good sex in marriage

3 Non-Negotiables for Good Sex in Marriage

Share on facebook
Share on twitter
Share on print
Share on email

“This isn’t working.” Those were the words I said to my wife six months into our marriage. Like all newlywed couples, we were excited about marriage, sex, and living the rest of our lives together. But what we thought would come so naturally in the bedroom ended up requiring more work than expected. We quickly realized our desires were different. Our expectations were sometimes miles apart. And “loving” happily ever after was going to require work and growth for both of us.

Every couple enters a marriage with the assumption that married sex will be great sex (and it should be). However, after the natural flames of young love begin to fade, the realities of married life set in. What should couples do to maintain a healthy sex life after that? Here are 3 non-negotiables for good sex in marriage.

1. Communication

This is often the key for good sex in marriage. You will rarely ever improve what you don’t discuss, yet many couples never talk about sex. However, what we’ve found is that communication often looks different for each of us. I’m naturally stronger at communicating sexual desires through spoken or written expressions via conversations or text. But my wife finds it more comfortable to use unspoken forms to communicate when and how sex is important to her, including dropping hints and silently giving guidance on what she likes. For many couples, any form of communication about sex, inside or outside the bedroom, is treated as taboo, which isn’t healthy. When you don’t communicate about sex, frustration is the inevitable result.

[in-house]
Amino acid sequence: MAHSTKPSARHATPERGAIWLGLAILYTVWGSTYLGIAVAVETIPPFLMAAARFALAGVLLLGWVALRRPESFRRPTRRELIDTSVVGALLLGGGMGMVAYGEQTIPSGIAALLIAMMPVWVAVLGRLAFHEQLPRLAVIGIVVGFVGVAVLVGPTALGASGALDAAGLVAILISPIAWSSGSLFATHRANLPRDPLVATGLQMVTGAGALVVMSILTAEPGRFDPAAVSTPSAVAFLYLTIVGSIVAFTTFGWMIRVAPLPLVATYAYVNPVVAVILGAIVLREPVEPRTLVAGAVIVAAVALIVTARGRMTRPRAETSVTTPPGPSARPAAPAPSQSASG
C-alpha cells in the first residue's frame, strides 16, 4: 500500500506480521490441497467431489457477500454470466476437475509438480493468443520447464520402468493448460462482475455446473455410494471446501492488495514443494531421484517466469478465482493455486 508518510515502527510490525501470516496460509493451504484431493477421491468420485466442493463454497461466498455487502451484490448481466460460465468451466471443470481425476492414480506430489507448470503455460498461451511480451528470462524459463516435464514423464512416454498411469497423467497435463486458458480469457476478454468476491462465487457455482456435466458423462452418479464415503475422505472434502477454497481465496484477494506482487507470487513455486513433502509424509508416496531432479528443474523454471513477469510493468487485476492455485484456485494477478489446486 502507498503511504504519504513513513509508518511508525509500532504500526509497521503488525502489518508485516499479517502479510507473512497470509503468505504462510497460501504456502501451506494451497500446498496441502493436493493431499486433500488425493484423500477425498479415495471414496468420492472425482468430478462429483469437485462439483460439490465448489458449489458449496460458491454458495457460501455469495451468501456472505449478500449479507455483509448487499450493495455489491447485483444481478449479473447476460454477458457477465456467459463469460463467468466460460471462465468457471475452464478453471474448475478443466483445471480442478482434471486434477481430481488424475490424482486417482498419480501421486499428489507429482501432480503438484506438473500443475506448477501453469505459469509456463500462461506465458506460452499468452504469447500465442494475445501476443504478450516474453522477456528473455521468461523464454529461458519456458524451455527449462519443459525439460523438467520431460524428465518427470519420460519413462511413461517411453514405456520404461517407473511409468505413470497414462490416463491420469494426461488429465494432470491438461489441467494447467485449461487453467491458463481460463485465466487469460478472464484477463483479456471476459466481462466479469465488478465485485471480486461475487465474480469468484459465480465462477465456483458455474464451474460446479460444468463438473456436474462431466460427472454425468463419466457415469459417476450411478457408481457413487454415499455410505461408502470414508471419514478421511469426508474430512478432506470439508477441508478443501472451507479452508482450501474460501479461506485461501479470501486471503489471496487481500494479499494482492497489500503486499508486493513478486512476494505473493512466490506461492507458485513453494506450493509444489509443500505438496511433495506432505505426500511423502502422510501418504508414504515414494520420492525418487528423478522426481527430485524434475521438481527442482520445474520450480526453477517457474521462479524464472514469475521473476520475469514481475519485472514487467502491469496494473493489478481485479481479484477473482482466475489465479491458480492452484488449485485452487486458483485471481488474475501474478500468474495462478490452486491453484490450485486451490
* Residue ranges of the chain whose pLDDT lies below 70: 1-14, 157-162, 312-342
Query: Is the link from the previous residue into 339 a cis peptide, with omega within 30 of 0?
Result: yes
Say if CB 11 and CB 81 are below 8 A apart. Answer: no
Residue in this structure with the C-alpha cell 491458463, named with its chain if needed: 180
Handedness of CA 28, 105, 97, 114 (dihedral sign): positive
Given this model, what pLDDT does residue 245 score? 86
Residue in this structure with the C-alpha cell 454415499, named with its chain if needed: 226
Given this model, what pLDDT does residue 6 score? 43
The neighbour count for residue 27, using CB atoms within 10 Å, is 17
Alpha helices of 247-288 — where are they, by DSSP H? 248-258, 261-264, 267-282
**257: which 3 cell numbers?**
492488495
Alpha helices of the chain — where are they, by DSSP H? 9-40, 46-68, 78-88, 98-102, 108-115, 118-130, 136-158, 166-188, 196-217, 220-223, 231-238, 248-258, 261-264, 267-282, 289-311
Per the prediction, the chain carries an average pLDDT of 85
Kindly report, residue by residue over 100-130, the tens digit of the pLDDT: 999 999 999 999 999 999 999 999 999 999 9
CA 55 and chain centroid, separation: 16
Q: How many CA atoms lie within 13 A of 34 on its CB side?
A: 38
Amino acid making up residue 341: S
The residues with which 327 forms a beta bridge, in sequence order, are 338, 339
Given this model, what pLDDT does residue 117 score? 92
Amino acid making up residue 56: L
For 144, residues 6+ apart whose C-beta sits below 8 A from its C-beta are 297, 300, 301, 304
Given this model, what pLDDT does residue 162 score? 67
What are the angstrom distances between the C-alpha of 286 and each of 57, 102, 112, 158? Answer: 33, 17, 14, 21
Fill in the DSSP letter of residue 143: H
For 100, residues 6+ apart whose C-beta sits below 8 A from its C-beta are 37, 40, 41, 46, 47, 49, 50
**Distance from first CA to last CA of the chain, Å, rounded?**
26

2. Consistency

In most marriage relationships, one spouse has a higher sex drive than the other. This naturally results in one person in the marriage often feeling like “I want more” while the other is thinking, “What’s your problem? We just had sex last week.” Any married person knows the tension this can create. The answer is in a mutual understanding of the need for sexual consistency. One practical way to make this happen is by scheduling sex rather than relying on spontaneity. Through scheduled sex, each spouse is given a window of time to initiate with one another. Communicate your varying desires and figure out an intimacy lifestyle that works best for you. With differing sex drives, nothing will remedy the sexual tension more than consistency.

Spouses who strive to serve one another make the best lovers.

3. Concern

Serving one another results in great sexual fulfillment. Spouses who strive to serve one another make the best lovers. This starts by prioritizing the other’s greatest desires before your own. A husband provides the emotional romance she wants. A wife provides the physical intimacy he desires. And when each other’s desires are prioritized, a successful marriage is the result, both inside and outside the bedroom.

Sound off: Of these three areas, which one could use your attention the most right now?

Huddle up with your wife and ask, “How could I show more concern for your needs in our marriage?”